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Al Kaline

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Albert William Kaline

  • Bats Right, Throws Right
  • Height 6' 2", Weight 180 lb.

Inducted into Hall of Fame in 1980

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[edit] Biographical Information

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Al Kaline was a teen phenom from Baltimore, MD who became the regular right fielder for the Detroit Tigers in 1954 at age 19. He was signed by Tiger scout (later an executive) Ed Katalinas for a reported $25,000, who told the front office that he was a better player than the starting outfield they had. In 1955, he leapt into stardom, winning the batting championship, the youngest champion ever at 20, younger by one day than Ty Cobb. He played on for two decades, never winning another batting title but finishing in the top three in the league five more times. He hit 399 home runs although he didn't think of himself as a slugger, and was honored with 10 Gold Gloves.

Though not as famous as Hank Aaron, Roberto Clemente, Willie Mays or Mickey Mantle, his overall skills of batting for average, power, plus his speed and fielding ranked him second in the American League for his career, next to Mickey Mantle. He had a wonderful throwing arm, best in the American League combining power and accuracy. His Gray Ink score, a way of measuring how often a player is among the league leaders in offensive categories, is 228, well over the average Hall of Famer's score of 144. Curiously, he retired one short of 400 career homers. Unfortunately, his career batting average finally slipped under .300 at the end of his Tiger career. Kaline used the DH role in his final season to get over the 3,000 career hit mark.

Al Kaline in 1956

He slugged .655 in the 1968 World Series, which the Tigers won.

On top of it all, he was a true gentleman. He won the first Roberto Clemente Award which honored his fine qualities as a human being. Later, he long served as a Tiger broadcaster, with another old Tiger hero and batting champ, George Kell. He was a Tigers broadcaster from 1976 to 2001. He was elected to the Baseball Hall of Fame on January 9, 1980 by the Baseball Writers Association of America.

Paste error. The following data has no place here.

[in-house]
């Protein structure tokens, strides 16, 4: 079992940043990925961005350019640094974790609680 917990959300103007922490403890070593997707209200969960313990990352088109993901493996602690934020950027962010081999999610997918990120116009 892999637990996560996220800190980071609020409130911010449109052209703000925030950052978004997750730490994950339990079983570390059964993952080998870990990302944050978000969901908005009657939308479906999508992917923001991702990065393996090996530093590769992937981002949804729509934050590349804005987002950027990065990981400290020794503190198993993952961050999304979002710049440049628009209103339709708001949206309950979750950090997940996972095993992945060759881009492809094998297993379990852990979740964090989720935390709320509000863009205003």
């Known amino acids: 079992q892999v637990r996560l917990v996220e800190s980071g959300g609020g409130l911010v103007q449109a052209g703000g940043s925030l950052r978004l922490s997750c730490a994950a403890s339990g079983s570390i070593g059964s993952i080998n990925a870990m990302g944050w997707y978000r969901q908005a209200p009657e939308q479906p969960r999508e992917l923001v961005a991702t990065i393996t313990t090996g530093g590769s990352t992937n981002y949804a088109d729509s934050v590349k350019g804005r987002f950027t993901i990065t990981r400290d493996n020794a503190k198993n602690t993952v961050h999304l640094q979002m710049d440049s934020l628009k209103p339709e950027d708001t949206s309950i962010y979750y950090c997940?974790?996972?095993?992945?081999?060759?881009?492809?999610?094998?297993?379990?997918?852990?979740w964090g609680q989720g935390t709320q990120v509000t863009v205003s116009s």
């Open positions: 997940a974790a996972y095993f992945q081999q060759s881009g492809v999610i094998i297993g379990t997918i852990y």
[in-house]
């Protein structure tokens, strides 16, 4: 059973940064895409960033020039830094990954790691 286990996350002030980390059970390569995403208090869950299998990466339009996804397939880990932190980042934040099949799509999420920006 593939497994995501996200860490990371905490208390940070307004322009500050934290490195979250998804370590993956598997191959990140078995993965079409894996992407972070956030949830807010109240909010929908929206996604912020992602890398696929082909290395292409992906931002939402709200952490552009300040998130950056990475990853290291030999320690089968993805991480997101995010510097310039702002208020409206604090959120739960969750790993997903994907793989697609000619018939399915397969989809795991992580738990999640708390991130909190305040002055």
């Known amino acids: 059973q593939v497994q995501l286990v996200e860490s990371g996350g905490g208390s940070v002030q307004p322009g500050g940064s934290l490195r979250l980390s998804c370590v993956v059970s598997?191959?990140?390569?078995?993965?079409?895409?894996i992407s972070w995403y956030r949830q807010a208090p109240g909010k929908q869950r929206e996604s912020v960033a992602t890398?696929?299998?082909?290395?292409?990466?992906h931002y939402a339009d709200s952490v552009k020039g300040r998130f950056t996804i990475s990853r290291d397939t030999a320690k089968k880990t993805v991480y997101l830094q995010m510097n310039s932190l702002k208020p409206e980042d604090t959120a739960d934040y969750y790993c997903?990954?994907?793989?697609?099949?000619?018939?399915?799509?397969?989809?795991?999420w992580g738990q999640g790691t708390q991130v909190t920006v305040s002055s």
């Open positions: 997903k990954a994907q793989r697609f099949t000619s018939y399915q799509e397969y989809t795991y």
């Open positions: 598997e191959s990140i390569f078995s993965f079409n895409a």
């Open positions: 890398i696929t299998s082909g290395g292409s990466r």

He makes the "Cool Names" list because some fans have noticed that his names when pushed together make the word "alkaline". His first baseball card appearance was in the 1954 Topps set.

Considering that he never hit 30 homers in any season, retired with less than a .300 career BA, and barely failed to reach the 400 career homers mark, his personal assessment was simple:
"I wasn't meant to be a superstar. I'm no Willie Mays, or Mickey Mantle," said Kaline.

His grandson, Colin Kaline, was drafted by the Tigers in both 2007 and 2011, signing the second time and later released.

[edit] Notable Achievements

  • 15-time AL All-Star (1955-1967, 1971 & 1974)
  • 10-time Gold Glove Winner (1957/ML-RF, 1958/AL-RF, 1959/AL-CF & 1961-1967/AL-OF)
  • AL Batting Average Leader (1955)
  • AL Slugging Percentage Leader (1959)
  • AL OPS Leader (1959)
  • AL Hits Leader (1955)
  • AL Total Bases Leader (1955)
  • AL Doubles Leader (1961)
  • 20-Home Run Seasons: 9 (1955-1957, 1959, 1962, 1963, 1966, 1967 & 1969)
  • 100 RBI Seasons: 3 (1955, 1956 & 1963)
  • 100 Runs Scored Seasons: 2 (1955 & 1961)
  • 200 Hits Seasons: 1 (1955)
  • Won a World Series with the Detroit Tigers in 1968
  • Baseball Hall of Fame: Class of 1980

[edit] Further Reading

  • Jim Hawkins: Al Kaline: The Biography of a Tigers Icon, Triumph Books, Chicago, IL, 2010.
  • Al Kaline (as told to George Vass): "The Game I'll Never Forget", Baseball Digest, May 1994, pp. 68-70. [1]
  • Bob Kuenster: "Baseball Profile:Hall of Famer Al Kaline", Baseball Digest, February 1991, p. 67. [2]

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